I’ve always had a good memory – for facts, for trivia, for events, for faces and sometimes for names. But I’ve come to realise that not everyone shares this trait. My husband often defers to me saying that I’d probably even be able to remember what he was wearing at a certain event many years ago …. and sometimes (often!) he is right. Certain events trigger evocative memories and linger in our minds. For example, most of us remember where we were when we heard of momentous events like someone famous dying or a particular tragedy. But for me, it’s more than that. I can remember mundane events in my childhood, particular books I read, things my mum said that felt unfair. The information I read in books is stored in some sort of memory bank and generally surfaces at the right time, and I read a lot of books! I was an early and avid reader, consuming the stories of the Greek and Norse gods before I was 10, plus most of the collected stories of Hans Christian Anderson and the Grimm brothers, before getting into historical fiction in my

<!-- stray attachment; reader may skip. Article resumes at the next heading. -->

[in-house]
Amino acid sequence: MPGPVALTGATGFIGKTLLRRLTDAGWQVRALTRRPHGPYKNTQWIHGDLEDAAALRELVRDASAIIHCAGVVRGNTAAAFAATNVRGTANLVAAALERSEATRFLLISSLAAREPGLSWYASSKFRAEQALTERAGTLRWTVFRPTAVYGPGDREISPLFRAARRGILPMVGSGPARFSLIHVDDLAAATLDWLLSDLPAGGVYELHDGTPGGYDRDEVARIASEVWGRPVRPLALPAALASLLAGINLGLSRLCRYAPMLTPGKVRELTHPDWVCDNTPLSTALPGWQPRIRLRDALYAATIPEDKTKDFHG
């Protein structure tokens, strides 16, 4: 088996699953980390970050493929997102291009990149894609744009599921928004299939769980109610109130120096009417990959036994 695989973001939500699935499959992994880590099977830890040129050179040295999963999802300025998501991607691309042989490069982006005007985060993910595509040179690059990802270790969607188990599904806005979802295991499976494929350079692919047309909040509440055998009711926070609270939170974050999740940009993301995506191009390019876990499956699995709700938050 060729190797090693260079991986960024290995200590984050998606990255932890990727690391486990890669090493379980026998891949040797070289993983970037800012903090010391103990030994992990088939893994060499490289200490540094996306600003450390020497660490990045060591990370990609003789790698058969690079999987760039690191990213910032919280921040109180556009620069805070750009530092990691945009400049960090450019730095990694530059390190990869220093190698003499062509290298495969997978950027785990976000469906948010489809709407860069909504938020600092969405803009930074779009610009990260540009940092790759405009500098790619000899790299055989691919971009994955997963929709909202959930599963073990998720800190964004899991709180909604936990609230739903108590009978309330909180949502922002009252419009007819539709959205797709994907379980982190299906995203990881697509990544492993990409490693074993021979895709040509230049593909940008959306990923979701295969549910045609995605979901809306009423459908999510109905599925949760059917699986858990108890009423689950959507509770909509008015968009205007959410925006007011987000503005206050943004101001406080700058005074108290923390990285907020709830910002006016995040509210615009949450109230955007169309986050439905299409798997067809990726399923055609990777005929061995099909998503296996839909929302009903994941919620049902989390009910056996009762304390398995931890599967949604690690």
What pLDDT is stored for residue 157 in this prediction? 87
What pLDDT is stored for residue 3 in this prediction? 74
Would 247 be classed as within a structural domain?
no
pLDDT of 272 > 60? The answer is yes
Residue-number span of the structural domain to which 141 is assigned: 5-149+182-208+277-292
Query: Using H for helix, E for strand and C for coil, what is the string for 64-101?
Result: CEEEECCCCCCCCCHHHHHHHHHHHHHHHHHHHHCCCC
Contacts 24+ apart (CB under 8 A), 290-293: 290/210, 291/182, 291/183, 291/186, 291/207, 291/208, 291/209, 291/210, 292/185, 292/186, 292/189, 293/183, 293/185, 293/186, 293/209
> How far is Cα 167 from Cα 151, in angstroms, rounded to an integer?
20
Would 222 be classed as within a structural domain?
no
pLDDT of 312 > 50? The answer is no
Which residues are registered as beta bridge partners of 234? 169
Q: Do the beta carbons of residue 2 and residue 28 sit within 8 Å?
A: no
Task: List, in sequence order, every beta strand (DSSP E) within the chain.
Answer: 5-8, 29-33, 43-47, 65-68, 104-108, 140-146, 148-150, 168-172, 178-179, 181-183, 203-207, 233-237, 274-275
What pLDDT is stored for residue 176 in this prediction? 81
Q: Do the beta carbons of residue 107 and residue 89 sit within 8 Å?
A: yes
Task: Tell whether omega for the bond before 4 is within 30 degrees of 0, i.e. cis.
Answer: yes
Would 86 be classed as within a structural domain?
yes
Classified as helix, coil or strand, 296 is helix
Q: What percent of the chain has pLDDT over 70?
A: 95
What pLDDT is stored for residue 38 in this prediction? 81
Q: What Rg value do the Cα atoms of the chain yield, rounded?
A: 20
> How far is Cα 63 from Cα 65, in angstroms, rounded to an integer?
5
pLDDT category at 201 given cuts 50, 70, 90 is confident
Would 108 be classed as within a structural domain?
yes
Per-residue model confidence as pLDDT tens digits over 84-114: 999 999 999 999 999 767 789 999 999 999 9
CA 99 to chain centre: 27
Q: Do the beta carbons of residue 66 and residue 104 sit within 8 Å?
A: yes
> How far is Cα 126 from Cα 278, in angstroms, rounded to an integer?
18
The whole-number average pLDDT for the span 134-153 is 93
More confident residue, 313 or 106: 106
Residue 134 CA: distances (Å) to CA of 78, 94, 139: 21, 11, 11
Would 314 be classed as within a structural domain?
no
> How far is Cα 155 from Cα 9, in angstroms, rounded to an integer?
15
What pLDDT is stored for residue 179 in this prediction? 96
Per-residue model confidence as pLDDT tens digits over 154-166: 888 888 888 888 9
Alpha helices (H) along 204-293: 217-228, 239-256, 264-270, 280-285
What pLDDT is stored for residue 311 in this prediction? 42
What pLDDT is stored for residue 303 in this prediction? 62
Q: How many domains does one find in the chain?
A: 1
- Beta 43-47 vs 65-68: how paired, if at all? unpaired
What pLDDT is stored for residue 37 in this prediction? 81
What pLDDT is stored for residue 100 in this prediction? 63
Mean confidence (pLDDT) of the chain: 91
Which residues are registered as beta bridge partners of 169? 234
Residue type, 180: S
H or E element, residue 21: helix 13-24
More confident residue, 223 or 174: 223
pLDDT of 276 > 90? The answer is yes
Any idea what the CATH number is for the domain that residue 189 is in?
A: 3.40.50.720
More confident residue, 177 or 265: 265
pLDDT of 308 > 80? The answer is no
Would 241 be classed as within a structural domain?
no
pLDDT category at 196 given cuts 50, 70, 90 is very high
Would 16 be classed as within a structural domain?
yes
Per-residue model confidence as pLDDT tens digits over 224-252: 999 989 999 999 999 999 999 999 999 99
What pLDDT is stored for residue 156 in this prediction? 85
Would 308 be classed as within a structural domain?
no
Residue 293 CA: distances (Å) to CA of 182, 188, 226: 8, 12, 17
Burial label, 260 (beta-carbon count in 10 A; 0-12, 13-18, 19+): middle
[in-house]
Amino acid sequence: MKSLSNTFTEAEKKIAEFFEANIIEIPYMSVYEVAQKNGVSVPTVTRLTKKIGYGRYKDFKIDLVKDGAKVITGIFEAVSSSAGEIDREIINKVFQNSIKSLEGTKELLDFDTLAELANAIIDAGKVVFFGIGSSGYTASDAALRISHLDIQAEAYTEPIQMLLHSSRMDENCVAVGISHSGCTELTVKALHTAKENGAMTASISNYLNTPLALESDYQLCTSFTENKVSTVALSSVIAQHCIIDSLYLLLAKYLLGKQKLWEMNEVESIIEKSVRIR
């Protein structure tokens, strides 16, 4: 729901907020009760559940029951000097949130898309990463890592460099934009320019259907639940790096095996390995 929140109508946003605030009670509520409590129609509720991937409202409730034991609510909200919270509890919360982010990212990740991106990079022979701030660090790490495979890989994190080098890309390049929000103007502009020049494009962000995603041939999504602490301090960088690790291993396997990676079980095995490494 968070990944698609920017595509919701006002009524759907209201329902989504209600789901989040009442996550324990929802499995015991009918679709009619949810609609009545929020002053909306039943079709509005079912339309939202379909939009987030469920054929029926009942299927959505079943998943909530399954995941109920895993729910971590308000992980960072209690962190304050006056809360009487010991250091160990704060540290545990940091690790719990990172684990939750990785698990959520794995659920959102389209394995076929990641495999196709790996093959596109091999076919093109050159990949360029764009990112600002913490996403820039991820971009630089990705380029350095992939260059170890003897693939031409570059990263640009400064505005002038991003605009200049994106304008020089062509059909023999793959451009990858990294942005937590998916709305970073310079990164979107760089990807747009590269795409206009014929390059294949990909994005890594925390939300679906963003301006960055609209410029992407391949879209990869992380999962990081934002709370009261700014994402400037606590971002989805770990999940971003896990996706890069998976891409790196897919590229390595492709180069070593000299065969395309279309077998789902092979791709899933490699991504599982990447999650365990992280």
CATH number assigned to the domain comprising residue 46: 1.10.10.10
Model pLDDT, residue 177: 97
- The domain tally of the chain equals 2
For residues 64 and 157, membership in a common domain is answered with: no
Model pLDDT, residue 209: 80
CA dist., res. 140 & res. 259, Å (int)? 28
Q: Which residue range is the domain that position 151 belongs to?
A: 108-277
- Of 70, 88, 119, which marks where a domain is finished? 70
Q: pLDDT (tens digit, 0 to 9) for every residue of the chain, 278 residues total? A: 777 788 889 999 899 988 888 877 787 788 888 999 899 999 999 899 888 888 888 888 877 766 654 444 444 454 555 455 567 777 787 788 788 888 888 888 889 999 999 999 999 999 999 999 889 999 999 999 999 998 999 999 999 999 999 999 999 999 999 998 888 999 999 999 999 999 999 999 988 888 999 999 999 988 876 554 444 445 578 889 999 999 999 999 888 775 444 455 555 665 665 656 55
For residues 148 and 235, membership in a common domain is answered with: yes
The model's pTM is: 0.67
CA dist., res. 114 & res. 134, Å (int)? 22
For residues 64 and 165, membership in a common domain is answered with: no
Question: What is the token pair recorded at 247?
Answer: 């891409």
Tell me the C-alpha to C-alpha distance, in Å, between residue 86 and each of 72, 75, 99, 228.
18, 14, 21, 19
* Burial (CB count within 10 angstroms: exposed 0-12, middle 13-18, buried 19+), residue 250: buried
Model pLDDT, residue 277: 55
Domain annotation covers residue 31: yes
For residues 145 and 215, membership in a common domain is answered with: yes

early teens. I read voraciously – consuming on average more than one book a day in my mid-teens (admittedly these were Barbara Cartland and ‘Mills and Boon’ drivel) but interspersed with other fictional accounts with some historical facts from authors like James Michener (Hawaii – took me 3 days for over 1000 pages!) and the historical ‘queens of England’ stories by Jean Plaidy whose entire library I’m sure I have managed to read under a number of her writing pseudonyms (Victoria Holt was a particular favourite and I can still remember the plots of several of her books.) I even read parts of the dictionary from time to time – checking out particular words and meanings, developing a much fuller vocabulary and spelling knowledge. Maybe this is why I’m also such a researcher when planning trips and holidays, reading up on places to see, reviews of accommodation and other people’s comments on activities and generally preparing myself as much as possible beforehand. At work, I would often look things up if something interesting crossed my desk – wanting to know more about the background, and when listening to people in seminars or on TV I’ll Google to check up that what they are saying is right or follow-up – and check out Snopes.com or other similar pages if the information seems dodgy.
This memory bank of mine has come in useful from time to time, not least back in 1990 when I entered the TV show ‘Sale of the Century‘ – and eventually became the first woman in NZ to win “the lot”. The trivia I knew certainly came in very handy, as did the NZ$82,000 worth of prizes. My husband then knew the value of my spending time in books and doing crosswords and generally being right about something we were discussing.